ConfigurationSettings - what's wrong?

This works:

String connString="localhost\\DBserver; database=db; uid=sa; password=;";

This doesn't:

in web.config:
     <add key="connString" value="localhost\\DBserver; database=db; uid=sa; password=;" /add>

in .cs:
using System.Configuration;
String connString=ConfigurationSettings.AppSettings["connString"];

Error: "SQL server does not exist or access denied."

So the problem might be because IIS grabs another web.config file.
I find 1 web.config under wwwroot\projectName. Others are under C:\program Files\MS Visual Studio .NET\....
How do I know if the program is reading from another web.config?


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you have made one small mistake in the configuration file.

     <add key="connString" value="localhost\\DBserver; database=db; uid=sa; password=;" /add>

Replace the add tag with with & try.
<add key="connString" value="localhost\\DBserver; database=db; uid=sa; password=;" />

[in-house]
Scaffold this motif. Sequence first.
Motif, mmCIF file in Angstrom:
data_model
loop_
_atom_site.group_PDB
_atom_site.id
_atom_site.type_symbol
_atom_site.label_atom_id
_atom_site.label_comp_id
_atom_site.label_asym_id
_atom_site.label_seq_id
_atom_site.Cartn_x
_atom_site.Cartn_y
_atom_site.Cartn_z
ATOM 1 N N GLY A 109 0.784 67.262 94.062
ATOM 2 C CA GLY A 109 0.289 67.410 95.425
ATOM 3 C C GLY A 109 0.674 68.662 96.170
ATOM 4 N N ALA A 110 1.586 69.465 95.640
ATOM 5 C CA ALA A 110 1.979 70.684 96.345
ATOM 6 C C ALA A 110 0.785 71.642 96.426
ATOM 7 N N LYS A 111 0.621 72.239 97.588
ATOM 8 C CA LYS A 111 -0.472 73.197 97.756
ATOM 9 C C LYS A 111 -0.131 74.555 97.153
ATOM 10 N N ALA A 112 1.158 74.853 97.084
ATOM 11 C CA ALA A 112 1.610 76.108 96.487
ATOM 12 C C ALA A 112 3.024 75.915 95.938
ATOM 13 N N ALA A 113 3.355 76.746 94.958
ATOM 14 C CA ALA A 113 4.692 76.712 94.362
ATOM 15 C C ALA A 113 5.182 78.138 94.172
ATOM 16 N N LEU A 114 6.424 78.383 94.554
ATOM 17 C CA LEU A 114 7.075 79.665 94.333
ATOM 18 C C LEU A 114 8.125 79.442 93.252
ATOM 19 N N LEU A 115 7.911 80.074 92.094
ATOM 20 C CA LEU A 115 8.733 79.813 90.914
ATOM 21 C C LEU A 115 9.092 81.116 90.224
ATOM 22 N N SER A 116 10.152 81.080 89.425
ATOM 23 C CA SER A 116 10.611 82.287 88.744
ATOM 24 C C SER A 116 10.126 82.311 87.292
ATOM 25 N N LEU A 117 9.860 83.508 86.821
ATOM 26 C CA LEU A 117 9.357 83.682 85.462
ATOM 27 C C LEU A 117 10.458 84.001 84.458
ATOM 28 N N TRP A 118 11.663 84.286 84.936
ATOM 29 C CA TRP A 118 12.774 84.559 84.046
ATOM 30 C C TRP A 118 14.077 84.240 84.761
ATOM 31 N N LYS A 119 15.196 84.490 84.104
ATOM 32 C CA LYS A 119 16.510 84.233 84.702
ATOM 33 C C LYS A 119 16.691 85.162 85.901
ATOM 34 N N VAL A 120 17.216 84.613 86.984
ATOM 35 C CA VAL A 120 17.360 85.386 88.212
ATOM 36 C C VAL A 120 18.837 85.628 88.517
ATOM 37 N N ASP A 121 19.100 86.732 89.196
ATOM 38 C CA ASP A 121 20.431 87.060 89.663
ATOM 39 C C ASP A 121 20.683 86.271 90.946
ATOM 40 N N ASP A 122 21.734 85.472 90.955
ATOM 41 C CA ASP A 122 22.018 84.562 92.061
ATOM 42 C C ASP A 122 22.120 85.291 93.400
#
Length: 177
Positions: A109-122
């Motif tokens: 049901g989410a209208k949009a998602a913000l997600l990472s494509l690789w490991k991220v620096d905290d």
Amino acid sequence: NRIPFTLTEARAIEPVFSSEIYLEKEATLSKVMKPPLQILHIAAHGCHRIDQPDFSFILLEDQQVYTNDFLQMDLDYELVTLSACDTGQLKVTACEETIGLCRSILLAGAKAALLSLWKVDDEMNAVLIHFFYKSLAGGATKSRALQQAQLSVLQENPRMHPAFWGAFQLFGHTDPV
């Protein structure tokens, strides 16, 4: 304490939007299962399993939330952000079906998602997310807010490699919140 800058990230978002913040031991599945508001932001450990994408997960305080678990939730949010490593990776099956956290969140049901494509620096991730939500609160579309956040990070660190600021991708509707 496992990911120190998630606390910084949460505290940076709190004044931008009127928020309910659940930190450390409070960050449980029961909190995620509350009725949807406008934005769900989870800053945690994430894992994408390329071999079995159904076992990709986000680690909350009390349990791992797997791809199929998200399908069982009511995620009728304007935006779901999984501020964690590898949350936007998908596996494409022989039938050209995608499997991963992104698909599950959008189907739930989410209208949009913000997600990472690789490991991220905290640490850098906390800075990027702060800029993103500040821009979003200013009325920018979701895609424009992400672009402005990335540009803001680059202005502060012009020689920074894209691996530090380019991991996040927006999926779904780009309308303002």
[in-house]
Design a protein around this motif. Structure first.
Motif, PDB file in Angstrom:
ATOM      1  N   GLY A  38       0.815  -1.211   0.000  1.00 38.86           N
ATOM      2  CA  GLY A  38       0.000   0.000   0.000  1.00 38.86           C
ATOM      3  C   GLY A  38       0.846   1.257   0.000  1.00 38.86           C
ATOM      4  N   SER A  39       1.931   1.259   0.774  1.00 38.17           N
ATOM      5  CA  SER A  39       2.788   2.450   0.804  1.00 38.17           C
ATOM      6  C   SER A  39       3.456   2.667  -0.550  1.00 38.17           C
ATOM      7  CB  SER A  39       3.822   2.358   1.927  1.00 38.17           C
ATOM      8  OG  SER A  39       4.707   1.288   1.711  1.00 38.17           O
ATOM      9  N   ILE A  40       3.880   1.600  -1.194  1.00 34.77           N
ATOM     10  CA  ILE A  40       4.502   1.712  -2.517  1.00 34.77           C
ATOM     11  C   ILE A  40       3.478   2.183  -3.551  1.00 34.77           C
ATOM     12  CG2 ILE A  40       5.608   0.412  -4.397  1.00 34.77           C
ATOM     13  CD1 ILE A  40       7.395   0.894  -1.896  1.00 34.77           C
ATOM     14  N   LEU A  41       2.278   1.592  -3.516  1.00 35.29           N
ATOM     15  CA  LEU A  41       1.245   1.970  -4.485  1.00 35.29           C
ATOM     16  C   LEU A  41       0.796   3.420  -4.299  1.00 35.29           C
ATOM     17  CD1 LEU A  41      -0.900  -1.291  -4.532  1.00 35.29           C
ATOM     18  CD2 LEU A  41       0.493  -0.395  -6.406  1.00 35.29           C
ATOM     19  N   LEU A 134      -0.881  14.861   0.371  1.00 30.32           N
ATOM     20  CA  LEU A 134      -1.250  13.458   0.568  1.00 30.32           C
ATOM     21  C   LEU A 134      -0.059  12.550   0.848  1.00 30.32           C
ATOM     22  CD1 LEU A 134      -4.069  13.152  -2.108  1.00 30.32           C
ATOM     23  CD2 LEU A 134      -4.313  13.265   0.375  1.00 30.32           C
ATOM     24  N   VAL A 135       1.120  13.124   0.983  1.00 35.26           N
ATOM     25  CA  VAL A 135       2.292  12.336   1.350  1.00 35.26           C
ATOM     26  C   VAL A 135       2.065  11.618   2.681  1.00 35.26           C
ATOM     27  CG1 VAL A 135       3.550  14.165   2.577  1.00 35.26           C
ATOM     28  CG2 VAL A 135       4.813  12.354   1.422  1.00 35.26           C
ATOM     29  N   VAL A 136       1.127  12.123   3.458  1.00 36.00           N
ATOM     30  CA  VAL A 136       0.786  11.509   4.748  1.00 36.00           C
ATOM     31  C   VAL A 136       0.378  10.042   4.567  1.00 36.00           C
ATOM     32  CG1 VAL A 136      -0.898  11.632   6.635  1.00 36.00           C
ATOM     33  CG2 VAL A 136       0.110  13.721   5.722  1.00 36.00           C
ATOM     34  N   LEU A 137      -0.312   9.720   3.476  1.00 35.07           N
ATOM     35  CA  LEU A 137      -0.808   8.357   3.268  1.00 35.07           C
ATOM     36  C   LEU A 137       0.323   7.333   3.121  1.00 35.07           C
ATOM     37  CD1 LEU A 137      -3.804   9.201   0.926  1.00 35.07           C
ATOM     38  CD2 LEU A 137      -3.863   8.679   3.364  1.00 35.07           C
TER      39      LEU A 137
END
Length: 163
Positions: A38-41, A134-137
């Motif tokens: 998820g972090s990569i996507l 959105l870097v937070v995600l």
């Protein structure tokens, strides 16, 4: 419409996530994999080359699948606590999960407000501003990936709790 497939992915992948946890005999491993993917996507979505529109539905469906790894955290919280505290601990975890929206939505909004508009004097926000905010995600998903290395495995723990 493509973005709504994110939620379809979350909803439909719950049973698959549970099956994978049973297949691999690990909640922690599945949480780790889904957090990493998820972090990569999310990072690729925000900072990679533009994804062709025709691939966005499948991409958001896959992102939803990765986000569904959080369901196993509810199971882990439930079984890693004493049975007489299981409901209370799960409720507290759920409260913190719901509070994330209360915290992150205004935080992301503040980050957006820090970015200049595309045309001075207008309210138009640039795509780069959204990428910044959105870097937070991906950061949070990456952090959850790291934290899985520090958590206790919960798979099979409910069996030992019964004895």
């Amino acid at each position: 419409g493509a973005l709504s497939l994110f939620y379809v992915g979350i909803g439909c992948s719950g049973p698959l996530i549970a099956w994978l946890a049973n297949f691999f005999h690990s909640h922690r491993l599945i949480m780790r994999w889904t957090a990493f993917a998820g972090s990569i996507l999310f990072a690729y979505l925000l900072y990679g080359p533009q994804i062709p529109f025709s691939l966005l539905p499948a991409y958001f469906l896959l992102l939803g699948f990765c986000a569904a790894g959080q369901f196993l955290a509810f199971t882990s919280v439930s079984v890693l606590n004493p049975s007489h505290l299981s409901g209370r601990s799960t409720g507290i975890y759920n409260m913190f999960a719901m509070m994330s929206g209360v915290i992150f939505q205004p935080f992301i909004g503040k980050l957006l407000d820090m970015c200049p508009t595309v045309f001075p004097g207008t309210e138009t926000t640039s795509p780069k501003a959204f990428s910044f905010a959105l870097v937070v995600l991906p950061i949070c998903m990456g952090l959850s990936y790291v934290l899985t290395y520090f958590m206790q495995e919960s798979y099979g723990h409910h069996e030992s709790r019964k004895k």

samliamAuthor Commented:
Sorry that was just a type here. I had it right in my code, i.e.e "/>" at the end. didn't work.
Replace "localhost\\DBserver" with "localhost\DBserver"
In the String \\ is an escaped \
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I normallu have connection strings in the following format

Server=localhost\DBserver; database=db; User Id=sa; pwd=;

I am not sure whether or not you need the escaped \ in the config file.
samliamAuthor Commented:
it works.
However, if the String is defined in the c# code, one '\' does not work, it has to be '\\', while in web.config, it's the other way around.

You have two options in string parsing in C#:
Standard is C++ string parsing where escaped characters like <CR> and <LF> are written as \r and \n. If you want to write a backslash then you have to double it.
When you set an "@" in front of the string you switch to VB string parsing where you need to double the quotes place a single quote in the string else the string is terminated.

So you can write either:
String connString=@"localhost\DBserver; database=db; uid=sa; password=;";
String connString="localhost\\DBserver; database=db; uid=sa; password=;";

The result is the same. It depends on the string if it's easier to use the VB-style or C++-style. I prefer VB-style for filepaths.

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